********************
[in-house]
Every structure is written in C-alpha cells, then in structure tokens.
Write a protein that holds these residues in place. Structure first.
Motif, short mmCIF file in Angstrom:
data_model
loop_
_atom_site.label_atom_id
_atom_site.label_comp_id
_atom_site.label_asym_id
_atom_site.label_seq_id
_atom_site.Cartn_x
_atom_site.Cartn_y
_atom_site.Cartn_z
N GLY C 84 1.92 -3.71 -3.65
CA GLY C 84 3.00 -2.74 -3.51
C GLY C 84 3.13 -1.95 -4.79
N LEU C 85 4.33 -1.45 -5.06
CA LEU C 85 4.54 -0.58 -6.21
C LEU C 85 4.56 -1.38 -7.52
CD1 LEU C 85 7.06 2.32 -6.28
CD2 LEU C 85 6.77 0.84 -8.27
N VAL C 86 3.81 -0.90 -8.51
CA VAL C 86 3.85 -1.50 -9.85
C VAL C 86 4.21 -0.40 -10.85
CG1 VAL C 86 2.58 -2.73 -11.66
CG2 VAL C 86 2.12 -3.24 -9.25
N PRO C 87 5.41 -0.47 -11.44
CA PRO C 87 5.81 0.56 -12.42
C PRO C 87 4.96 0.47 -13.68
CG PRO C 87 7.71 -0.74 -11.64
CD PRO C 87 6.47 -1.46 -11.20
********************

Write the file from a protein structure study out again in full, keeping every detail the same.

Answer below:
[in-house]
Every structure is written in C-alpha cells, then in structure tokens.
Write a protein that holds these residues in place. Structure first.
Motif, short mmCIF file in Angstrom:
data_model
loop_
_atom_site.label_atom_id
_atom_site.label_comp_id
_atom_site.label_asym_id
_atom_site.label_seq_id
_atom_site.Cartn_x
_atom_site.Cartn_y
_atom_site.Cartn_z
N GLY C 84 1.92 -3.71 -3.65
CA GLY C 84 3.00 -2.74 -3.51
C GLY C 84 3.13 -1.95 -4.79
N LEU C 85 4.33 -1.45 -5.06
CA LEU C 85 4.54 -0.58 -6.21
C LEU C 85 4.56 -1.38 -7.52
CD1 LEU C 85 7.06 2.32 -6.28
CD2 LEU C 85 6.77 0.84 -8.27
N VAL C 86 3.81 -0.90 -8.51
CA VAL C 86 3.85 -1.50 -9.85
C VAL C 86 4.21 -0.40 -10.85
CG1 VAL C 86 2.58 -2.73 -11.66
CG2 VAL C 86 2.12 -3.24 -9.25
N PRO C 87 5.41 -0.47 -11.44
CA PRO C 87 5.81 0.56 -12.42
C PRO C 87 4.96 0.47 -13.68
CG PRO C 87 7.71 -0.74 -11.64
CD PRO C 87 6.47 -1.46 -11.20